did away with the distracting windows and lit the whole from the roof through innovative glass skylights. It was a lovely room and so unexpected. It had the wow factor that all the guests must have just like us felt as we walked in. The room had no furniture in it but furniture would have detracted somehow from its simple style.
The next room was labelled the music room. This one was more intimate and had musical instruments and setees for the family and visitors to lounge in. The paintings on the walls were from the family collection but some hand picked by Adam as if from a catalogue of paintings. I could imagine him saying I have a space so many foot wide and so many feet long and I want a painting of a still life to fit it.
On we walked to another room - the adjoining saloon - the vestibulum. The saloon, contained behind the triumphal arch of the south front, like the marble hall rises the full height of the house, 62 feet to the top of the dome, where it too is sky-lit through a glass oculus. What did we hear about
this room? Well the arch is a copy of something Adam saw in Dioclesians palace in Split . The oculus is a copy of the Pantheon in Rome. This was spectacular , white and gold rising up to a window in his uppermost point. We discussed with the room guide how this window was cleaned. No mean feat getting up there. On to the library with its ceilings all pale green and white looking all the world like a Wedgewood vase. The main item which caught our eyes in there was the esquisitely carved ivory chess set. A stunning piece showcasing the carvers art.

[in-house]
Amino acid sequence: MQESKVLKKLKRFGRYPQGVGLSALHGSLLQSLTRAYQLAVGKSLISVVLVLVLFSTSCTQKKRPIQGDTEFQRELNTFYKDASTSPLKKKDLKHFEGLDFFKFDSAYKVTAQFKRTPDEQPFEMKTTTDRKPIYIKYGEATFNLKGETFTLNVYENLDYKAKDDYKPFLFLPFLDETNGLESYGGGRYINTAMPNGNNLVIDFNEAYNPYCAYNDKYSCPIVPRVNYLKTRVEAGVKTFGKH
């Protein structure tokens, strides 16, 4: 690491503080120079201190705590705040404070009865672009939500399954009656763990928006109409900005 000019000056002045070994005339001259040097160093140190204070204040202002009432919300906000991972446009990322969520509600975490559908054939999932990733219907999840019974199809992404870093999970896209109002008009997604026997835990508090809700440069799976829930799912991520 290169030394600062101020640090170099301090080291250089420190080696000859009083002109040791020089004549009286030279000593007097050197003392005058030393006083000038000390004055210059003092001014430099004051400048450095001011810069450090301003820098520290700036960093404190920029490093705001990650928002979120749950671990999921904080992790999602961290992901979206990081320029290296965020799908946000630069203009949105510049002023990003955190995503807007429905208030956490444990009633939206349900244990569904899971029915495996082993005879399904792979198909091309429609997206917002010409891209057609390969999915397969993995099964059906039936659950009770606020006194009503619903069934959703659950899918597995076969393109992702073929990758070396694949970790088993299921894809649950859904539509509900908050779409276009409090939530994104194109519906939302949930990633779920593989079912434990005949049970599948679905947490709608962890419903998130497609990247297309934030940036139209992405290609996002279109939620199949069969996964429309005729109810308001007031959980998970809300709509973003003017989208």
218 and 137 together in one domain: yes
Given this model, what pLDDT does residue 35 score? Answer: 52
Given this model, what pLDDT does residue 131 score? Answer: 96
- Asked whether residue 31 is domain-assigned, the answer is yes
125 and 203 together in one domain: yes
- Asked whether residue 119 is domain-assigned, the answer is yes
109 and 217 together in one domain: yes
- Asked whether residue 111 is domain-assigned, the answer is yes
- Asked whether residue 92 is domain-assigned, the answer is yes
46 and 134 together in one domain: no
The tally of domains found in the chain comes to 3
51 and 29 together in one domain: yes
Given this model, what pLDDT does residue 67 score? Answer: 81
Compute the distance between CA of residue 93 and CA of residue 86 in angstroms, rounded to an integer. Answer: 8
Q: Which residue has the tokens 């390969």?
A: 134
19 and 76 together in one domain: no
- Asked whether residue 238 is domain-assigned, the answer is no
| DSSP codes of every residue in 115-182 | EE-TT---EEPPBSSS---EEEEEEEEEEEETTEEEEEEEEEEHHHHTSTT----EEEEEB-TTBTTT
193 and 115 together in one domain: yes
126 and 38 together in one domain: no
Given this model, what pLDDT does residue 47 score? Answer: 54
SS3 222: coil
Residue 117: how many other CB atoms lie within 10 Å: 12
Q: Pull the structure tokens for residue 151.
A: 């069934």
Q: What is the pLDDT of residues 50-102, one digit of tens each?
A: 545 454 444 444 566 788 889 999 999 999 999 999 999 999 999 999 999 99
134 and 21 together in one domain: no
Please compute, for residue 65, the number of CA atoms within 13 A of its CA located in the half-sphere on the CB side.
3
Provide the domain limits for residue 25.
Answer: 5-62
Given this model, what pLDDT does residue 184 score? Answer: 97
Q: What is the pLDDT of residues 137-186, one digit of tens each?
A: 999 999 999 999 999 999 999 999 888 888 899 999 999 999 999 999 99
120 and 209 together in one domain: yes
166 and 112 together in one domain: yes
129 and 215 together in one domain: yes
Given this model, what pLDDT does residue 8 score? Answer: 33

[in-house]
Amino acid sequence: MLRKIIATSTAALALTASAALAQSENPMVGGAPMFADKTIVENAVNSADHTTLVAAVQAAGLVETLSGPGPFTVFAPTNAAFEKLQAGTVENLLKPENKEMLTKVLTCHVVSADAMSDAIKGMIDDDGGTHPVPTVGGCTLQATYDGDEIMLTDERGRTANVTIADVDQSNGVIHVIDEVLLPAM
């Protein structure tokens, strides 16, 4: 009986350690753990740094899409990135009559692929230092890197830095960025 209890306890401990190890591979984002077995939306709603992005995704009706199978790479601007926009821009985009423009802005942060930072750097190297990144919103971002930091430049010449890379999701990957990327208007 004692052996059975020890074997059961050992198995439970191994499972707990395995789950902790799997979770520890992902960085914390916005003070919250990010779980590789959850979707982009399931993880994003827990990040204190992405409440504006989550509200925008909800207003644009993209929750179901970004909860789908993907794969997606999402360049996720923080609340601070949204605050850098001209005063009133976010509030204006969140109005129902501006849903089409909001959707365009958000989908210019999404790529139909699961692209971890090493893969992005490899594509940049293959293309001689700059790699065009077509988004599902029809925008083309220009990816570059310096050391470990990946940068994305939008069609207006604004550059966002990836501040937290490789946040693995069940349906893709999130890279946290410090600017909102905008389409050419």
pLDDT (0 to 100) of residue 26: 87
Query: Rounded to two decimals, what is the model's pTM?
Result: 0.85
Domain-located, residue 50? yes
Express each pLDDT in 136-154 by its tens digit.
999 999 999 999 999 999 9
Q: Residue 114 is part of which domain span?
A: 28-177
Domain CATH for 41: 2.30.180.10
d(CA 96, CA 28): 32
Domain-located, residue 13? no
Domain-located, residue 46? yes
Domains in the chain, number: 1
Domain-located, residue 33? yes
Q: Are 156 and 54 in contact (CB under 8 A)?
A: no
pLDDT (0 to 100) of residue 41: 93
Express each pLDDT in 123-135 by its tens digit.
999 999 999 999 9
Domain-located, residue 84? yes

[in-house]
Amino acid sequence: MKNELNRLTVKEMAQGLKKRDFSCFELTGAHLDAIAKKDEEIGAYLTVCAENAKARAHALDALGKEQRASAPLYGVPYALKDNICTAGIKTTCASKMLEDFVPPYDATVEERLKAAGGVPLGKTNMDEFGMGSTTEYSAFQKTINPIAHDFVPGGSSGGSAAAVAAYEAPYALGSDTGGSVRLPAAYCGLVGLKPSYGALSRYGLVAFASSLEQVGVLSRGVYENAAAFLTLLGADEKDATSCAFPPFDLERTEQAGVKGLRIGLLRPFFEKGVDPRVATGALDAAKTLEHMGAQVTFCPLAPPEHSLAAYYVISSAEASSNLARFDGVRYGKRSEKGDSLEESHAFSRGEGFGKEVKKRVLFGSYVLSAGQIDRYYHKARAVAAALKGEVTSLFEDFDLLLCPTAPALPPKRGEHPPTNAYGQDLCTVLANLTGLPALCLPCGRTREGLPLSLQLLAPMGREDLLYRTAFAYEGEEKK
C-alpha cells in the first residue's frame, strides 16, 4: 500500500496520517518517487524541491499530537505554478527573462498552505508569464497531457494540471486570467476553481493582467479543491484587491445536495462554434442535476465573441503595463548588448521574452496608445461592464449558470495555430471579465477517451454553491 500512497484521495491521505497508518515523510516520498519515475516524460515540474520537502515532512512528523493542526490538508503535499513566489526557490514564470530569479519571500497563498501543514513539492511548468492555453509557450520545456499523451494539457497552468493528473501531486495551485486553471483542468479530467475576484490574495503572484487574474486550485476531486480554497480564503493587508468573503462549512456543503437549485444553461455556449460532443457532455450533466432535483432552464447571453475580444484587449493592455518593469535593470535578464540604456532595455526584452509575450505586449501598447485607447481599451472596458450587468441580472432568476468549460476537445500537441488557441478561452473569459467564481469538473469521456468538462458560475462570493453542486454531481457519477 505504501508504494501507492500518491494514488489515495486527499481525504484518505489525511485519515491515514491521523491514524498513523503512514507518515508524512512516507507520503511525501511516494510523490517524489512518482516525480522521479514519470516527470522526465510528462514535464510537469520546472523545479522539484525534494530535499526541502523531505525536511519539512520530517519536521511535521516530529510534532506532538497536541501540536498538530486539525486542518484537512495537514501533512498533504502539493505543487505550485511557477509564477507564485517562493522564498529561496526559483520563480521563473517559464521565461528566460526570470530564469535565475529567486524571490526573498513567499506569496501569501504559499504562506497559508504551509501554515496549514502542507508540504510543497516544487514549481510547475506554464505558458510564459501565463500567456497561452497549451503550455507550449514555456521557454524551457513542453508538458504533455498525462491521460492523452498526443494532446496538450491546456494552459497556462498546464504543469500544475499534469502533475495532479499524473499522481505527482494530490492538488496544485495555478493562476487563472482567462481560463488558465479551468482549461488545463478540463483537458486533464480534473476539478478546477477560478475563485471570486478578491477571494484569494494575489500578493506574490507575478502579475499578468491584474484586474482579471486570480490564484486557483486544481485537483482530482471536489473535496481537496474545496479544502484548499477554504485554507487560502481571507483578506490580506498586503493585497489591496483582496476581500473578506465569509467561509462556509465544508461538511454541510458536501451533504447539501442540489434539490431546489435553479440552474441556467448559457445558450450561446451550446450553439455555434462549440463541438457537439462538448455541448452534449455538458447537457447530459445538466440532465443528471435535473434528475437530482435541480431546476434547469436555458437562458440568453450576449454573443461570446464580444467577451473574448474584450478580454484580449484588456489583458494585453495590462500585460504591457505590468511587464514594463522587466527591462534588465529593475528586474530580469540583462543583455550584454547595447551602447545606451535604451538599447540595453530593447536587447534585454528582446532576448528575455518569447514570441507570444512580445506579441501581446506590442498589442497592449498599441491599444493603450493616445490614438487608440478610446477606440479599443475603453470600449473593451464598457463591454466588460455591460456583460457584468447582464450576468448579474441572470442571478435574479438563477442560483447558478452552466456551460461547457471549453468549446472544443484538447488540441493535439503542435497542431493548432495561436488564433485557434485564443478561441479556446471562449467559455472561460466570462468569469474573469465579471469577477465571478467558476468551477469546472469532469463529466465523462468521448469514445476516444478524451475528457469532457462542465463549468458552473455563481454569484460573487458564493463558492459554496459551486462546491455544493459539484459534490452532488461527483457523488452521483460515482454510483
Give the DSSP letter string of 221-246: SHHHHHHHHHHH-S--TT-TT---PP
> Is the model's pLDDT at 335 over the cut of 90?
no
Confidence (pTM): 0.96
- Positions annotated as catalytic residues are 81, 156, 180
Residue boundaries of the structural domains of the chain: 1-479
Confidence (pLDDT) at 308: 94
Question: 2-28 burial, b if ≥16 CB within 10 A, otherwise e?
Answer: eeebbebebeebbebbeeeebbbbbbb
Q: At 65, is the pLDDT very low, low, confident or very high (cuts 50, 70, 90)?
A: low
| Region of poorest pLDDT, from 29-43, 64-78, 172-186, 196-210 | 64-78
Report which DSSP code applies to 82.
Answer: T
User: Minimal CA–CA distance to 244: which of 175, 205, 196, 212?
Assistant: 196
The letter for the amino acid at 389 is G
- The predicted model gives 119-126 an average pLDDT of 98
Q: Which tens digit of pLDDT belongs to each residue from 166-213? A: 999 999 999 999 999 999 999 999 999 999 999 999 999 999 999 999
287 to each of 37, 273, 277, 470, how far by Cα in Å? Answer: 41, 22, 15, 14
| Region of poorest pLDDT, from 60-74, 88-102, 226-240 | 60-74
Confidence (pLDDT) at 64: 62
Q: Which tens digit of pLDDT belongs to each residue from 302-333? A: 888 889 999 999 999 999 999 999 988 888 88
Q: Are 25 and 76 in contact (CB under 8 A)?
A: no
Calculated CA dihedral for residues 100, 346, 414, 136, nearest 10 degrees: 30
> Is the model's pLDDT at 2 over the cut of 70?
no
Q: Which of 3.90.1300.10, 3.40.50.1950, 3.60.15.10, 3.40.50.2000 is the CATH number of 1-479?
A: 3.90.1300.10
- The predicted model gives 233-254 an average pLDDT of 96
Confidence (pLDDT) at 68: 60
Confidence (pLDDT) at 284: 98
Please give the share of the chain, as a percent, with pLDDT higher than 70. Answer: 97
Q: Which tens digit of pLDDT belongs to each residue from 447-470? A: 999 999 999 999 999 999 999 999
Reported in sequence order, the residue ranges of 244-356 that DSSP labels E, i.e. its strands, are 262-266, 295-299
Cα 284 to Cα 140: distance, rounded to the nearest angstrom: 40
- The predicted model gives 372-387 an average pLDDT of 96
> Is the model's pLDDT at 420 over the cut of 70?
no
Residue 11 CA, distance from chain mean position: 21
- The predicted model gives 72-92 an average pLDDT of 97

Through bedrooms all heavily decorated in blue and silver silk wall hangings and the same coverings on all the chairs. Pretty rooms all with extensive views over the parkland.
Finally down into the ground floor to the museum full of items from the time when the family lived in India. Curiosities brought back and divided equally between Kedleston and the V and A in London. There were Buddhist items, Hindu gods , a ceremonial chair used on top of an elephant, chinese artifacts and a huge rain drum which cannot be dated but was
found in the jungle and predates Christ at a guess. Also shown is Lady Curzon's Delhi Durbah dress of 1903. Made up to look like peacock feathers it has the shells of scarab beetles woven into the fabric. Produced in India it was shipped back to Paris and designed by Worth. A stunning and heavy dress made for a lady with nothing more than an 18 inch waistline.
We walked out of the house and headed for the nearby church which houses many memorials to the Curzons. The medieval church is a redundant Anglican building now. The church is constructed in mellow sandstone with a Welsh slate roof. Its plan is of a cross with a central tower over a crossing, a nave with a north chapel, north and south transepts. A typical medieval church design with a chancel and a glass clerestory. There is a norman doorway but the arch above it once had a carving of beasts. This sadly now has been eroded over time by the weather. There is a priest door in one of the walls and a parapet with sundial. Beneath this are the words We shall and cut in are skulls and crossbones.